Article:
After receiving a work assignment, the class members elect how to travel from defendant's office to the job site. They can use their own vehicle, ride public transportation, walk, car pool with another driver, or sign up for defendant's optional transportation service. Defendant neither restricts the class members' activities while they wait for the ride nor while in transit. They are free to do as they please. At the end of the work day, the class members have the option of either returning to the office to get their paycheck that night or at a later date.
    Based on this evidence, we hold the class members' time spent waiting is preliminary and postliminary activity and noncompensable. The class members' principal activity, that which defendant hired them for, was to perform work at customers' job sites on a daily basis. Temporary labor is the entire scope of defendant's business. Customers pay for that service, which begins upon arrival at the job site and stops at the end of the work day. The class members' idle time either before or after the workday is personal. Many spend waiting time reading the newspaper, sleeping,drinking coffee, eating meals, watching television, or socializing with other waiting workers.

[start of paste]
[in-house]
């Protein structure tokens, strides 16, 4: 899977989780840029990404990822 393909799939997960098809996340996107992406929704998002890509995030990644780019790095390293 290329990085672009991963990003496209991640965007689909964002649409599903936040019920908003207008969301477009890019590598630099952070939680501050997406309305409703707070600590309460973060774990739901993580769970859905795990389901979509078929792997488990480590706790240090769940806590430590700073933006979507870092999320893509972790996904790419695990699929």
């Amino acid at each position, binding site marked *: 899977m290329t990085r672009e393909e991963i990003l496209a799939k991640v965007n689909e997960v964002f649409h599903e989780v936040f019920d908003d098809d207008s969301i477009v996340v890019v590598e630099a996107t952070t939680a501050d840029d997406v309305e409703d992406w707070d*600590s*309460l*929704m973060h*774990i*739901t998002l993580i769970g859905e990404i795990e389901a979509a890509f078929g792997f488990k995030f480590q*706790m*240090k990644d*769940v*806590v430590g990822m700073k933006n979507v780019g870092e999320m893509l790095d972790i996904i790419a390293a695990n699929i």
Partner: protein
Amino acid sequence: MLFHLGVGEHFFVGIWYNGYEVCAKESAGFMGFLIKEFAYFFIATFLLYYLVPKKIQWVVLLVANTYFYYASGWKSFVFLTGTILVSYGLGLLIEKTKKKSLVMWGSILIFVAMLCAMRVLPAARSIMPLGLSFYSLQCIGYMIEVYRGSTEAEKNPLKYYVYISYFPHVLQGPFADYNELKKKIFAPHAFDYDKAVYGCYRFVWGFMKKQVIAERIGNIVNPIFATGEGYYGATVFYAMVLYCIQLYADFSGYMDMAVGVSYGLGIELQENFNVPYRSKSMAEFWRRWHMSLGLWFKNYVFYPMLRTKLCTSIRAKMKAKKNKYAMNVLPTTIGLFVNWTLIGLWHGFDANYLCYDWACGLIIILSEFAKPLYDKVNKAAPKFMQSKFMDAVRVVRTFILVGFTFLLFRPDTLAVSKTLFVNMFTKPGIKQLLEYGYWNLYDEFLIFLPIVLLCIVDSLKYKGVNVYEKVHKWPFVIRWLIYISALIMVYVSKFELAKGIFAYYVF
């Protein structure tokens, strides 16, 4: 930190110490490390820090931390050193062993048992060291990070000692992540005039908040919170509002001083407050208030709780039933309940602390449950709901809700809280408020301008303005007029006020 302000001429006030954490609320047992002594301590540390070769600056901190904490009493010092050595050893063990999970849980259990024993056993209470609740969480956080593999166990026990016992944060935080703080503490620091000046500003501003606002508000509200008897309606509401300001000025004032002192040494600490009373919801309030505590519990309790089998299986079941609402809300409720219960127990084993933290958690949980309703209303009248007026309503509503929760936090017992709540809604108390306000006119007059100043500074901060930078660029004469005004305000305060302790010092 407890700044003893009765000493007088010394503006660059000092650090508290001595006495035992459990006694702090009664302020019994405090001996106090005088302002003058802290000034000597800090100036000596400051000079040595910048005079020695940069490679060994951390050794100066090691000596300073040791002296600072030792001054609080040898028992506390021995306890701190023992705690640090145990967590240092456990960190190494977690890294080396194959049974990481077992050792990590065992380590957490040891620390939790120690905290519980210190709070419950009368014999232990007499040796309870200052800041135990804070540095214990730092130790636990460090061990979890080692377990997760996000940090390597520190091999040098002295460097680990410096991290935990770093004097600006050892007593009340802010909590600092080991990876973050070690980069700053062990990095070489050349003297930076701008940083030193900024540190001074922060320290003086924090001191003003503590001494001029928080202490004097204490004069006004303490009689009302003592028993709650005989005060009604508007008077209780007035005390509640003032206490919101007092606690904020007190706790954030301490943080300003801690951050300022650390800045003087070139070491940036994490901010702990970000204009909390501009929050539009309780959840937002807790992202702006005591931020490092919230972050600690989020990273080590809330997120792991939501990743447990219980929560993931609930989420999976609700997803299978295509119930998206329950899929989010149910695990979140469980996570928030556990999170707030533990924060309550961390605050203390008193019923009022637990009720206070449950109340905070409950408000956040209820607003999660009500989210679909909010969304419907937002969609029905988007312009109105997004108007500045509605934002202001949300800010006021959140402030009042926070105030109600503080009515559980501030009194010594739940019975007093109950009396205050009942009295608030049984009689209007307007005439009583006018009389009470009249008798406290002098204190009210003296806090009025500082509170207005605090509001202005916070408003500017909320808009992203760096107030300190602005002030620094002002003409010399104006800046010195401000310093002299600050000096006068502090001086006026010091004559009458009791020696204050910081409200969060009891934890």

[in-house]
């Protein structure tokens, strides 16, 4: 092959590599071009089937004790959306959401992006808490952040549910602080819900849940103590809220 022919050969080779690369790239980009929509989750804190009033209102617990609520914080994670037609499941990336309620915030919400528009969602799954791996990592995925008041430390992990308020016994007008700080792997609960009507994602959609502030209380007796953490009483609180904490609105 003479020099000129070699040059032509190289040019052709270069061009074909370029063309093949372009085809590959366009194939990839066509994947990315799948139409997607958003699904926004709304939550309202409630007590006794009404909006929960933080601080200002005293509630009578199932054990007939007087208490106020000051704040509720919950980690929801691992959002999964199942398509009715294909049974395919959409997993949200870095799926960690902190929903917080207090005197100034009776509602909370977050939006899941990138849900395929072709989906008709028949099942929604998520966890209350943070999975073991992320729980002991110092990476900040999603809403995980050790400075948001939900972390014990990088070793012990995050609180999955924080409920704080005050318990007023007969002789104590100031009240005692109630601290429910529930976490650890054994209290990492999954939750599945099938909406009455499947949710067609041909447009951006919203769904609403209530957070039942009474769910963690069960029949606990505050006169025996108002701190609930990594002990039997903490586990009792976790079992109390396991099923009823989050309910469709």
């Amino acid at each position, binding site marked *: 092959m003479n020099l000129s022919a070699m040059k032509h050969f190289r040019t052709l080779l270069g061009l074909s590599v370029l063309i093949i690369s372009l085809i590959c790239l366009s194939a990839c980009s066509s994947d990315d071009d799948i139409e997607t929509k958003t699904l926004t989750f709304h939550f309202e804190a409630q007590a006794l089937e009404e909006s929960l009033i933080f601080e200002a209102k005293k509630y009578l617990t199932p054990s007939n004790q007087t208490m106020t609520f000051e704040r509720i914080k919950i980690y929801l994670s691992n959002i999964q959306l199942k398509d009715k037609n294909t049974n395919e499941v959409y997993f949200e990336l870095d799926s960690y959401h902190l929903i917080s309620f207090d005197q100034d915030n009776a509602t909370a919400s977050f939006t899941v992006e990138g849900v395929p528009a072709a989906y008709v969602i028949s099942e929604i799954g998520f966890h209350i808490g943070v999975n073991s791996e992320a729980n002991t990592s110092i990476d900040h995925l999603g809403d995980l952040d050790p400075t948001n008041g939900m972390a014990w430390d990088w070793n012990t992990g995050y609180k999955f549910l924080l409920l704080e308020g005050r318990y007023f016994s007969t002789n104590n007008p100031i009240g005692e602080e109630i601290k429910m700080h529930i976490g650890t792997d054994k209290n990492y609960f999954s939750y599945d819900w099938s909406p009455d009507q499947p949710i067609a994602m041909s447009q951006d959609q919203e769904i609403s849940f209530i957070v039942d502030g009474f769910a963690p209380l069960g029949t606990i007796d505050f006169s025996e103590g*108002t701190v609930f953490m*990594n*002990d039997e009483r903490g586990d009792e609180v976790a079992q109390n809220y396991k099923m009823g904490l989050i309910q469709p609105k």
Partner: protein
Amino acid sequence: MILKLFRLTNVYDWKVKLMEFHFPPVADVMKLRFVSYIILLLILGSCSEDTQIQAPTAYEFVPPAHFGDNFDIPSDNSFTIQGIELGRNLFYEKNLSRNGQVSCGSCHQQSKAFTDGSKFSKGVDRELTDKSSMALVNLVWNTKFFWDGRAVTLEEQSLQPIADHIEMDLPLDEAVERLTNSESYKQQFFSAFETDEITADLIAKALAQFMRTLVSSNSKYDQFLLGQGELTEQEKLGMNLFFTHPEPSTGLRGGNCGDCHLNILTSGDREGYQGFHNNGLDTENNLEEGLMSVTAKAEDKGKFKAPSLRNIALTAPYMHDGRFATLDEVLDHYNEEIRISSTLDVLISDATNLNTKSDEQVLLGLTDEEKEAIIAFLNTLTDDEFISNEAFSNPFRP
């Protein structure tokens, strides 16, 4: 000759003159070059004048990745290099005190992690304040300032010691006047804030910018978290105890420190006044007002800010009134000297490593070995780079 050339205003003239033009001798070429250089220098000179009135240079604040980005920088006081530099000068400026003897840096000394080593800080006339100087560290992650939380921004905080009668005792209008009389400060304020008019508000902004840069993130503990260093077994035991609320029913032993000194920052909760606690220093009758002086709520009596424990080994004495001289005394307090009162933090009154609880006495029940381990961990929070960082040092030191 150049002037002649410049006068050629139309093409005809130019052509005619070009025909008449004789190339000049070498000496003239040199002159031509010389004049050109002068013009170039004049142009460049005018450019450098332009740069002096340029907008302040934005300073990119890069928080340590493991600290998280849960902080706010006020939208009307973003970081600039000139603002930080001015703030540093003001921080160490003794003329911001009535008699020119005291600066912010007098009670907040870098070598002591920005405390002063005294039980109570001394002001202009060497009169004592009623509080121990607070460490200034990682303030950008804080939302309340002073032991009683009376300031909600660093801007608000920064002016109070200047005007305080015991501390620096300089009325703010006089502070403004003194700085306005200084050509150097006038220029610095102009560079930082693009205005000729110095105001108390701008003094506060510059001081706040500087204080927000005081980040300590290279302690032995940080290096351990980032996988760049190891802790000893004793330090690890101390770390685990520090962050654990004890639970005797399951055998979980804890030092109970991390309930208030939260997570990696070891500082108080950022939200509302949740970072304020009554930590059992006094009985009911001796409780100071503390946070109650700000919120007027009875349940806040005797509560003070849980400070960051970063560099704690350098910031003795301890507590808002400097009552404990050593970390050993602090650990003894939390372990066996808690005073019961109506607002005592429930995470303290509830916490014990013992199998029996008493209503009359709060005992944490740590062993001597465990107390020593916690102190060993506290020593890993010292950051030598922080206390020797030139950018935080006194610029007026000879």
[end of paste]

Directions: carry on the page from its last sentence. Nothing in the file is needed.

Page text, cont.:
The amount of time the class members spend waiting directly correlates to their choice of transportation. They are free to spend that time as they wish. It is neither beneficial nor indispensable to defendant's business. We decline to extend “hours worked” to include the class members' waiting time prior to arrival at or after leaving the job site at the end of the day.
2. Travel Time